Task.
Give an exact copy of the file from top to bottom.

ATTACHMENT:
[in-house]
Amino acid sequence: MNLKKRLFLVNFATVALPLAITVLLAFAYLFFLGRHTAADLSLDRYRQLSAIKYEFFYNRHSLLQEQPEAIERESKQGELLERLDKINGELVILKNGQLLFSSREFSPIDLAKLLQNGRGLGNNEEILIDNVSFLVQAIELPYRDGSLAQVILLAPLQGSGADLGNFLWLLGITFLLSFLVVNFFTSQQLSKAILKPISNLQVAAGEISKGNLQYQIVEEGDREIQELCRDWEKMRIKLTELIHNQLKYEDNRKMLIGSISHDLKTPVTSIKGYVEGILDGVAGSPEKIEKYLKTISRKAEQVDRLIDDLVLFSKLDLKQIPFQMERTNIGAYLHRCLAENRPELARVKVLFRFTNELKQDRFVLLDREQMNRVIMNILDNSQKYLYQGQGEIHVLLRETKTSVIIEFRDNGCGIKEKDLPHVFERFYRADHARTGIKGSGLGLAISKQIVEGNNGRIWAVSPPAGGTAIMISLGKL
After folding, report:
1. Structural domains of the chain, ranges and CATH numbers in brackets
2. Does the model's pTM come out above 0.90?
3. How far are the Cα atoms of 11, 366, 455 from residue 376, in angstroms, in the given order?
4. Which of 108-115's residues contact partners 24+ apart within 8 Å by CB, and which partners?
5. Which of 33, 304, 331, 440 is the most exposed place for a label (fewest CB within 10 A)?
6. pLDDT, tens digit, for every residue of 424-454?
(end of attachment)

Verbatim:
[in-house]
Amino acid sequence: MNLKKRLFLVNFATVALPLAITVLLAFAYLFFLGRHTAADLSLDRYRQLSAIKYEFFYNRHSLLQEQPEAIERESKQGELLERLDKINGELVILKNGQLLFSSREFSPIDLAKLLQNGRGLGNNEEILIDNVSFLVQAIELPYRDGSLAQVILLAPLQGSGADLGNFLWLLGITFLLSFLVVNFFTSQQLSKAILKPISNLQVAAGEISKGNLQYQIVEEGDREIQELCRDWEKMRIKLTELIHNQLKYEDNRKMLIGSISHDLKTPVTSIKGYVEGILDGVAGSPEKIEKYLKTISRKAEQVDRLIDDLVLFSKLDLKQIPFQMERTNIGAYLHRCLAENRPELARVKVLFRFTNELKQDRFVLLDREQMNRVIMNILDNSQKYLYQGQGEIHVLLRETKTSVIIEFRDNGCGIKEKDLPHVFERFYRADHARTGIKGSGLGLAISKQIVEGNNGRIWAVSPPAGGTAIMISLGKL
After folding, report:
1. Structural domains of the chain, ranges and CATH numbers in brackets
2. Does the model's pTM come out above 0.90?
3. How far are the Cα atoms of 11, 366, 455 from residue 376, in angstroms, in the given order?
4. Which of 108-115's residues contact partners 24+ apart within 8 Å by CB, and which partners?
5. Which of 33, 304, 331, 440 is the most exposed place for a label (fewest CB within 10 A)?
6. pLDDT, tens digit, for every residue of 424-454?